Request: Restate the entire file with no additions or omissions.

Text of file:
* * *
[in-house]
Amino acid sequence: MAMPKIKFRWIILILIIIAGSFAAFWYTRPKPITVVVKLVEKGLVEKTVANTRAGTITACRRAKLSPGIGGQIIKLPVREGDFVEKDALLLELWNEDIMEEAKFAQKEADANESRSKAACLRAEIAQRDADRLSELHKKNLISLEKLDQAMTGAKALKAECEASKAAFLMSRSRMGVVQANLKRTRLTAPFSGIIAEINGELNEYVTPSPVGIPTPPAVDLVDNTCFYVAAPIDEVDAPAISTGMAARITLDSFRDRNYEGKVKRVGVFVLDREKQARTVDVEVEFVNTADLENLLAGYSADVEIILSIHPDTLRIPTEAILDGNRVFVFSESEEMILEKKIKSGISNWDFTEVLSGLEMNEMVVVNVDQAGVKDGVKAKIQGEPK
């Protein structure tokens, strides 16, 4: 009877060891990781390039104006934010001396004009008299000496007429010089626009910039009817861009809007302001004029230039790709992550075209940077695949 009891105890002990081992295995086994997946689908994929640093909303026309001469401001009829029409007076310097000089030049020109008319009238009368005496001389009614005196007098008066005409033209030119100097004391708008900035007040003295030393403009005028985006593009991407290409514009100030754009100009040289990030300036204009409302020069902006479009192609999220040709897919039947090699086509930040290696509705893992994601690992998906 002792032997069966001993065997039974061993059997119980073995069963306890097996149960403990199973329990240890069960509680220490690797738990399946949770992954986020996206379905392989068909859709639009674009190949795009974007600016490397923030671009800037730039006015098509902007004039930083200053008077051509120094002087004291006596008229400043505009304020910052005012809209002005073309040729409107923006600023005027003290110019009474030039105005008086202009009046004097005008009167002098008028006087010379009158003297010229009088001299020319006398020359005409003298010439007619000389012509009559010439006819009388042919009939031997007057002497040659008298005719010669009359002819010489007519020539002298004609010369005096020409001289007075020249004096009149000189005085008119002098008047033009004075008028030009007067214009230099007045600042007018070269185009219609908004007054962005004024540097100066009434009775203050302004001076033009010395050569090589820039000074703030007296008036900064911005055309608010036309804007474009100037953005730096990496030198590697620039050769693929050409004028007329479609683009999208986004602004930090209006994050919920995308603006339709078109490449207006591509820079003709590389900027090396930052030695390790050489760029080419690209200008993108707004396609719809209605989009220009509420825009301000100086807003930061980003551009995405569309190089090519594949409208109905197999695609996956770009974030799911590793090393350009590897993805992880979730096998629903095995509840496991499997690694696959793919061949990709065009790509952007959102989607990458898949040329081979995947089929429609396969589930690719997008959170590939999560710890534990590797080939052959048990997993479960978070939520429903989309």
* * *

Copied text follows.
[in-house]
Amino acid sequence: MAMPKIKFRWIILILIIIAGSFAAFWYTRPKPITVVVKLVEKGLVEKTVANTRAGTITACRRAKLSPGIGGQIIKLPVREGDFVEKDALLLELWNEDIMEEAKFAQKEADANESRSKAACLRAEIAQRDADRLSELHKKNLISLEKLDQAMTGAKALKAECEASKAAFLMSRSRMGVVQANLKRTRLTAPFSGIIAEINGELNEYVTPSPVGIPTPPAVDLVDNTCFYVAAPIDEVDAPAISTGMAARITLDSFRDRNYEGKVKRVGVFVLDREKQARTVDVEVEFVNTADLENLLAGYSADVEIILSIHPDTLRIPTEAILDGNRVFVFSESEEMILEKKIKSGISNWDFTEVLSGLEMNEMVVVNVDQAGVKDGVKAKIQGEPK
């Protein structure tokens, strides 16, 4: 009877060891990781390039104006934010001396004009008299000496007429010089626009910039009817861009809007302001004029230039790709992550075209940077695949 009891105890002990081992295995086994997946689908994929640093909303026309001469401001009829029409007076310097000089030049020109008319009238009368005496001389009614005196007098008066005409033209030119100097004391708008900035007040003295030393403009005028985006593009991407290409514009100030754009100009040289990030300036204009409302020069902006479009192609999220040709897919039947090699086509930040290696509705893992994601690992998906 002792032997069966001993065997039974061993059997119980073995069963306890097996149960403990199973329990240890069960509680220490690797738990399946949770992954986020996206379905392989068909859709639009674009190949795009974007600016490397923030671009800037730039006015098509902007004039930083200053008077051509120094002087004291006596008229400043505009304020910052005012809209002005073309040729409107923006600023005027003290110019009474030039105005008086202009009046004097005008009167002098008028006087010379009158003297010229009088001299020319006398020359005409003298010439007619000389012509009559010439006819009388042919009939031997007057002497040659008298005719010669009359002819010489007519020539002298004609010369005096020409001289007075020249004096009149000189005085008119002098008047033009004075008028030009007067214009230099007045600042007018070269185009219609908004007054962005004024540097100066009434009775203050302004001076033009010395050569090589820039000074703030007296008036900064911005055309608010036309804007474009100037953005730096990496030198590697620039050769693929050409004028007329479609683009999208986004602004930090209006994050919920995308603006339709078109490449207006591509820079003709590389900027090396930052030695390790050489760029080419690209200008993108707004396609719809209605989009220009509420825009301000100086807003930061980003551009995405569309190089090519594949409208109905197999695609996956770009974030799911590793090393350009590897993805992880979730096998629903095995509840496991499997690694696959793919061949990709065009790509952007959102989607990458898949040329081979995947089929429609396969589930690719997008959170590939999560710890534990590797080939052959048990997993479960978070939520429903989309």